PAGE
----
Clint Eastwood’s ‘Sully’ draws a mature audience
“Sully,” the kind of adult-oriented, mid-budget drama that isn’t supposed to succeed in theaters anymore, at least if you listen to franchise-obsessed studio executives, soared at the box office over the weekend. Directed by Clint Eastwood, 86, and starring Tom Hanks in a role that may well earn him Oscar attention, “Sully” collected an estimated $35.5 million at North American cinemas, according to comScore, which compiles box office data. That result was roughly 40 percent higher than what most analysts had predicted before the film’s release. “Sully” cost Warner Bros. and financing partners like Village Roadshow about $60 million to make before promotion costs. The well-reviewed movie, a dramatization of the 2009 emergency landing by Capt. Chesley Sullenberger of a jet on the Hudson River, connected primarily with older moviegoers, who are usually reluctant to come out on hoopla-filled opening weekends. About 80 percent of the audience was over the age of 35, Warner said on Sunday. Among all audiences, “Sully” received an A grade in CinemaScore exit polls. The strong results extended Eastwood’s hot streak. His previous film was “American Sniper,” which was the No. 1 domestic release of 2014, and revealed built-up demand by adult moviegoers after a summer filled with big-budget sequels and reboots over-reliant on computer-generated imagery. Warner and Village Roadshow were thrilled by the “Sully” results, as were theater owners: early September can be no man’s land at the box office, as most studios steer clear of back-to-school season and the heavily marketed arrival of new television shows. Imax said Sunday that “Sully” set a September record for its circuit. Eastwood shot “Sully” entirely with Imax cameras, a first for a major Hollywood film.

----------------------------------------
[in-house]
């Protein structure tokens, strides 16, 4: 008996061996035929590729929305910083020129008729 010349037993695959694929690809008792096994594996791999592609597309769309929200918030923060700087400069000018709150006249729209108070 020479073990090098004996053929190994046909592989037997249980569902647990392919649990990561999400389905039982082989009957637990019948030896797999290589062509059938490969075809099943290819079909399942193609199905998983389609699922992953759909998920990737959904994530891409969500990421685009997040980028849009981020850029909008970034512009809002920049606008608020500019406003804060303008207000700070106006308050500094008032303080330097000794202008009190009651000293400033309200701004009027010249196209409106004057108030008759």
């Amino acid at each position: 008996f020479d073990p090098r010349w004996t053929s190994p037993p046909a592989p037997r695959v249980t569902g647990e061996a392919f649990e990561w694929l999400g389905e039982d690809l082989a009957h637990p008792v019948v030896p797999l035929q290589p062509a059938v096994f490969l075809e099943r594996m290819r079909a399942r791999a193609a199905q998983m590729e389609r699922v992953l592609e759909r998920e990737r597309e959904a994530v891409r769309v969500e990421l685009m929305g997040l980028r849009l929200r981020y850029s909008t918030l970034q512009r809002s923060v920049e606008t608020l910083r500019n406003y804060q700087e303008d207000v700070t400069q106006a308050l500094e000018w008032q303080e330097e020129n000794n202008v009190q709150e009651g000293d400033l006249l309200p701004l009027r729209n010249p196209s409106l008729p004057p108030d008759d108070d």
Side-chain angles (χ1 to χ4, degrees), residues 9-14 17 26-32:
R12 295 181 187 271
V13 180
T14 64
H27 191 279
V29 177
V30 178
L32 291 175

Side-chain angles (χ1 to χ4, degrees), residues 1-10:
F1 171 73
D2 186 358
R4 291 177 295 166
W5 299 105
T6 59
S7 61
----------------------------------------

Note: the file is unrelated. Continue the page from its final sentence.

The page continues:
Arriving in second place was “When the Bough Breaks,” a poorly reviewed Sony Pictures Entertainment thriller starring Morris Chestnut and Regina Hall. It collected a muted $15 million. (But it cost just $10 million to produce.) Results were worse for other new movies. “The Wild Life” (Lionsgate), an independently financed animated movie, took in about $3.4 million, while a horror movie, “The Disappointments Room” (Relativity), more than lived up to its title, with an abysmal $1.4 million in ticket sales. AP